I’ve always been enamored with the idea of speech recognit(ion softwa)re. Ever since Dragon NaturallySpeaking, I have attempted to incorporate dictation software into my workflow.While it is not always the most natural way fo(r) one to control their computer or even bang out one or t(wo emails,) its utility in creating long pieces of narrativeis frankly quite impressive. When MacSpeech’s d(ictate) was acquired by Nuance, the developers behind the Windows version of NaturallySpeaking, I was hopefu(l) a program would acquire som(e of) the Windows versions ease-of-use.
I chose to use Dragon Dictate to write the first paragraph of this post to illustrate the central point. The parenthetical portions are words that were not transcribed. The paragraph above is actually a very generous deviation from the norm. I regularly drop a word from every other sentence.
The problem isn’t the recognition. I know this because I have Growl set up to detect what the software is hearing and display it as a pop-up as it’s being transcribed into the text field.
The “hearing” is fine, but the transcription suffers from something that required some digging on MacSpeech’s discussion boards (the problem apparently dates back to MacSpeech Dictate. Nice to see that Nuance’s acquisition of Dictate from MacSpeech – and “major” product update that milked another $49 from its users kept this bug intact). Apps or programs running in the background on your Mac that use any kind of auto-completion can conflict with Dictate’s ability to make words appear as they’re heard. The fix: shut off these programs or deactivate those preference panes if you want to use Dictate. A partial list of those programs include Typinator, TypeIt4Me, Clips, Pastebot – basically anything that can produce text from an abbreviation or a keyboard shortcut.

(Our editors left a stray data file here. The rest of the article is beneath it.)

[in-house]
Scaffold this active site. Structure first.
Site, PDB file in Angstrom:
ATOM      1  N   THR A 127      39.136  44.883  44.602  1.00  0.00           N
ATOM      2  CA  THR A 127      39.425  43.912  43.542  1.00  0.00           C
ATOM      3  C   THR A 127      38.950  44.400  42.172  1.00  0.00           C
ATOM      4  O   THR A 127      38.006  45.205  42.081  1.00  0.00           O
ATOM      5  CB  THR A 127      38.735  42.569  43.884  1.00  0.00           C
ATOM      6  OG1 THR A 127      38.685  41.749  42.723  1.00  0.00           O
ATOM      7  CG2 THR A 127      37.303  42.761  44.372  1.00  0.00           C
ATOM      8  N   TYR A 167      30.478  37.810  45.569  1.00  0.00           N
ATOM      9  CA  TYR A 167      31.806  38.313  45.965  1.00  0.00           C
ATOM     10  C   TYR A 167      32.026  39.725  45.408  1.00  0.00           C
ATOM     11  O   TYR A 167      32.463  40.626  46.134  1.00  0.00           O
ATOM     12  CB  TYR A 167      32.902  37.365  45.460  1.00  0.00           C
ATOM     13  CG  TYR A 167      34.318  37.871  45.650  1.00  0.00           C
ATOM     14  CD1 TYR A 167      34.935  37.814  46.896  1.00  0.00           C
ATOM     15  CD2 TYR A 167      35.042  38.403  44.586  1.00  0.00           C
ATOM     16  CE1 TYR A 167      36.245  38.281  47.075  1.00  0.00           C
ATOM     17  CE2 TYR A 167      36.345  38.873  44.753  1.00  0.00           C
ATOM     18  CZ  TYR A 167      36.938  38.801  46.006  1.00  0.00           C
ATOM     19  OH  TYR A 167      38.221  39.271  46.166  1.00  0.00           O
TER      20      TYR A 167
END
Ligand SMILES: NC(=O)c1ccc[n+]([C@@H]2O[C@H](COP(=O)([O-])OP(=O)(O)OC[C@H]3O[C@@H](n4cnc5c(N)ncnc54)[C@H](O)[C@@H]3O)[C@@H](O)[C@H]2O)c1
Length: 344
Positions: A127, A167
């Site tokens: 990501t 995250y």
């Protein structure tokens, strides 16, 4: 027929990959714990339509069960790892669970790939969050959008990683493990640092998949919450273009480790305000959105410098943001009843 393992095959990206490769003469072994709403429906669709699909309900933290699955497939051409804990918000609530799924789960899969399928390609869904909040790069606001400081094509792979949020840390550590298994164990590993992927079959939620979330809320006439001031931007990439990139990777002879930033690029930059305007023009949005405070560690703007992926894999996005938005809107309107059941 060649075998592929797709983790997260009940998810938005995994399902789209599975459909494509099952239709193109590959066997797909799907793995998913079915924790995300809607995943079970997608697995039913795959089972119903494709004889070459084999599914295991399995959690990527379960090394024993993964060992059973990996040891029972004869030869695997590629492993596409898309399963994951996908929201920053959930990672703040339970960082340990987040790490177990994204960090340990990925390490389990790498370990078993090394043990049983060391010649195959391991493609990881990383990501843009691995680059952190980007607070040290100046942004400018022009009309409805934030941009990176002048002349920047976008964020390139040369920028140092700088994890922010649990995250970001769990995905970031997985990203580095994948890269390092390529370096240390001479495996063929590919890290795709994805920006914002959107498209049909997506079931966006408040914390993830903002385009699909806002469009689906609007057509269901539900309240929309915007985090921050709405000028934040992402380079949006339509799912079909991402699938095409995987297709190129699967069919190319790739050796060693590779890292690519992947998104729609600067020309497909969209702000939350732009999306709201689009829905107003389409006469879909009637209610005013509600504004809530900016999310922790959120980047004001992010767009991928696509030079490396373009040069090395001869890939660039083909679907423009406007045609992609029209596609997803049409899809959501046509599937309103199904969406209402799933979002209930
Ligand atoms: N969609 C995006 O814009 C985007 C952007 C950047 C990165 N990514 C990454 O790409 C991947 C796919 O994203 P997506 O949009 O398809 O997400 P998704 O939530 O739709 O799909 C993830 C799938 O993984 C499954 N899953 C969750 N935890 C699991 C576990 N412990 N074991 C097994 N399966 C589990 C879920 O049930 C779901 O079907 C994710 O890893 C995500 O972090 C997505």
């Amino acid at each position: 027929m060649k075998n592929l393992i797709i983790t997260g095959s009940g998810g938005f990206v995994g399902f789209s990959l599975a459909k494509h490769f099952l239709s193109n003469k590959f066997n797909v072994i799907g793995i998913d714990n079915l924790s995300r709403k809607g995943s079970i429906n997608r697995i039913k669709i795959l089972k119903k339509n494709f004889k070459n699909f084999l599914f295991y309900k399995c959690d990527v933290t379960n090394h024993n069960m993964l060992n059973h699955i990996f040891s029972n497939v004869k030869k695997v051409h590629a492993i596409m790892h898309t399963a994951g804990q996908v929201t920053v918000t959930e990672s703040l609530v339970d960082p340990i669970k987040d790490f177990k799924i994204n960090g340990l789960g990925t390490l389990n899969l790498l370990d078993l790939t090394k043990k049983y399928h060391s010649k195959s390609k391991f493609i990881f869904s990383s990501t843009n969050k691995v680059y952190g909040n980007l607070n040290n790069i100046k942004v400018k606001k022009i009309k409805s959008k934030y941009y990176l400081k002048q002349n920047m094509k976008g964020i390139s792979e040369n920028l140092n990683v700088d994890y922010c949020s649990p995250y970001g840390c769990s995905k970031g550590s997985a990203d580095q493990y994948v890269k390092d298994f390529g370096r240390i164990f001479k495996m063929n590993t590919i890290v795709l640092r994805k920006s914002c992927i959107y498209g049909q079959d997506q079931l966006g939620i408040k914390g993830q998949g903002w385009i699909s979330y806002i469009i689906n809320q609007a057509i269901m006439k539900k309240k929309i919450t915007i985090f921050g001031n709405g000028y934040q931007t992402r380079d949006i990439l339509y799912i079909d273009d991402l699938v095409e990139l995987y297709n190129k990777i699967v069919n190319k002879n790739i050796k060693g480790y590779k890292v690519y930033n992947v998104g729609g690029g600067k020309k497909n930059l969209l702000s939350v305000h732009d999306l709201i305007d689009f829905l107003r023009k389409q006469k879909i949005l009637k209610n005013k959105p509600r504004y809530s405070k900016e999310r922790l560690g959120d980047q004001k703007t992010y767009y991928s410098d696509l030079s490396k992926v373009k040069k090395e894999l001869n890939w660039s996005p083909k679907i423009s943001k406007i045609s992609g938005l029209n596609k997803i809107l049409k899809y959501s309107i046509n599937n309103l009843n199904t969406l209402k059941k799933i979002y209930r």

This is bullshit.
First of all, this makes zero sense to me intuitively. As I mentioned, the Growl dialog box displays what I’m saying perfectly, so there is some ability to properly turn my voice to words. But I’m sure there’s some awesomely technical explanation as to why that has nothing to do with solving the problem. Here’s the point: Dictate is productivity software and I doubt there is a single person using Dictate that isn’t using at least one of blacklisted programs. Personally, I have 3 running on that partial list. If you can’t have your program work with other processes, you shouldn’t be on the Mac platform. The fact that you’re the only option for recognition software might make you think you don’t have to make this work. I’m here to tell you that if you don’t get your shit straight, you’re on your way to failure on the Mac platform. People didn’t buy a Mac to fuck around with their preference panes to accommodate a poorly-coded program. Nuance is carrying the equivalent of a System 9 extension conflict as a major bug in its shipping software.
Fix it or fail.